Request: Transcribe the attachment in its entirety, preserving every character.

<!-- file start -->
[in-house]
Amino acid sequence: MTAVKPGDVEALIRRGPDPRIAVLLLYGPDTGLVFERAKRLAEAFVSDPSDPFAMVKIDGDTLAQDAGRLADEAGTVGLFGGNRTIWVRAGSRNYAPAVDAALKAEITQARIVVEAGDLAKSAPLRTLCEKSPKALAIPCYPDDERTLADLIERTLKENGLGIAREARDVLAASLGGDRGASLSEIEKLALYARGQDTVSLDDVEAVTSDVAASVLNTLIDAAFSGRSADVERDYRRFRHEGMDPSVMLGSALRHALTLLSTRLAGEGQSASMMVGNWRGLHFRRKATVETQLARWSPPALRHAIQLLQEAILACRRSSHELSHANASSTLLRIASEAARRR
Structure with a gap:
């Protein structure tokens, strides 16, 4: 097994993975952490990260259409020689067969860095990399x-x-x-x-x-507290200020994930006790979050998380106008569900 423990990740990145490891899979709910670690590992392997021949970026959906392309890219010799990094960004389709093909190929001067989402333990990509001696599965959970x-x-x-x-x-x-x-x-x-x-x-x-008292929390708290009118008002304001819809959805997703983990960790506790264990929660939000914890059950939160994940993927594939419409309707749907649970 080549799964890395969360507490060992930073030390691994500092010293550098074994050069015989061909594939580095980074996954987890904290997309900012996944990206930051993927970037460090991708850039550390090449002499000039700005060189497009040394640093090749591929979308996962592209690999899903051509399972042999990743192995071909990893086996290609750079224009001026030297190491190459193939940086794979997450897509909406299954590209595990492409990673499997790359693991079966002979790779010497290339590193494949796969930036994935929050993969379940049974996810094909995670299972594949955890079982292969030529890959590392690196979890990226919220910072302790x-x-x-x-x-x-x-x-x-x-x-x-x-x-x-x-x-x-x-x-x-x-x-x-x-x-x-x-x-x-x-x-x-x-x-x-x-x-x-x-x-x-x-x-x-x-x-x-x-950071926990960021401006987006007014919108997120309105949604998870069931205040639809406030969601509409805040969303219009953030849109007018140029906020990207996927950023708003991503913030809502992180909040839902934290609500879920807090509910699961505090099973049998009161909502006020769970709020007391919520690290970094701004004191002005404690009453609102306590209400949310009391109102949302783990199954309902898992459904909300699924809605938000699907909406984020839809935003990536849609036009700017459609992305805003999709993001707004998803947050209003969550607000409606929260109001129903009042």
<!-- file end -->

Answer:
[in-house]
Amino acid sequence: MTAVKPGDVEALIRRGPDPRIAVLLLYGPDTGLVFERAKRLAEAFVSDPSDPFAMVKIDGDTLAQDAGRLADEAGTVGLFGGNRTIWVRAGSRNYAPAVDAALKAEITQARIVVEAGDLAKSAPLRTLCEKSPKALAIPCYPDDERTLADLIERTLKENGLGIAREARDVLAASLGGDRGASLSEIEKLALYARGQDTVSLDDVEAVTSDVAASVLNTLIDAAFSGRSADVERDYRRFRHEGMDPSVMLGSALRHALTLLSTRLAGEGQSASMMVGNWRGLHFRRKATVETQLARWSPPALRHAIQLLQEAILACRRSSHELSHANASSTLLRIASEAARRR
Structure with a gap:
């Protein structure tokens, strides 16, 4: 097994993975952490990260259409020689067969860095990399x-x-x-x-x-507290200020994930006790979050998380106008569900 423990990740990145490891899979709910670690590992392997021949970026959906392309890219010799990094960004389709093909190929001067989402333990990509001696599965959970x-x-x-x-x-x-x-x-x-x-x-x-008292929390708290009118008002304001819809959805997703983990960790506790264990929660939000914890059950939160994940993927594939419409309707749907649970 080549799964890395969360507490060992930073030390691994500092010293550098074994050069015989061909594939580095980074996954987890904290997309900012996944990206930051993927970037460090991708850039550390090449002499000039700005060189497009040394640093090749591929979308996962592209690999899903051509399972042999990743192995071909990893086996290609750079224009001026030297190491190459193939940086794979997450897509909406299954590209595990492409990673499997790359693991079966002979790779010497290339590193494949796969930036994935929050993969379940049974996810094909995670299972594949955890079982292969030529890959590392690196979890990226919220910072302790x-x-x-x-x-x-x-x-x-x-x-x-x-x-x-x-x-x-x-x-x-x-x-x-x-x-x-x-x-x-x-x-x-x-x-x-x-x-x-x-x-x-x-x-x-x-x-x-x-950071926990960021401006987006007014919108997120309105949604998870069931205040639809406030969601509409805040969303219009953030849109007018140029906020990207996927950023708003991503913030809502992180909040839902934290609500879920807090509910699961505090099973049998009161909502006020769970709020007391919520690290970094701004004191002005404690009453609102306590209400949310009391109102949302783990199954309902898992459904909300699924809605938000699907909406984020839809935003990536849609036009700017459609992305805003999709993001707004998803947050209003969550607000409606929260109001129903009042």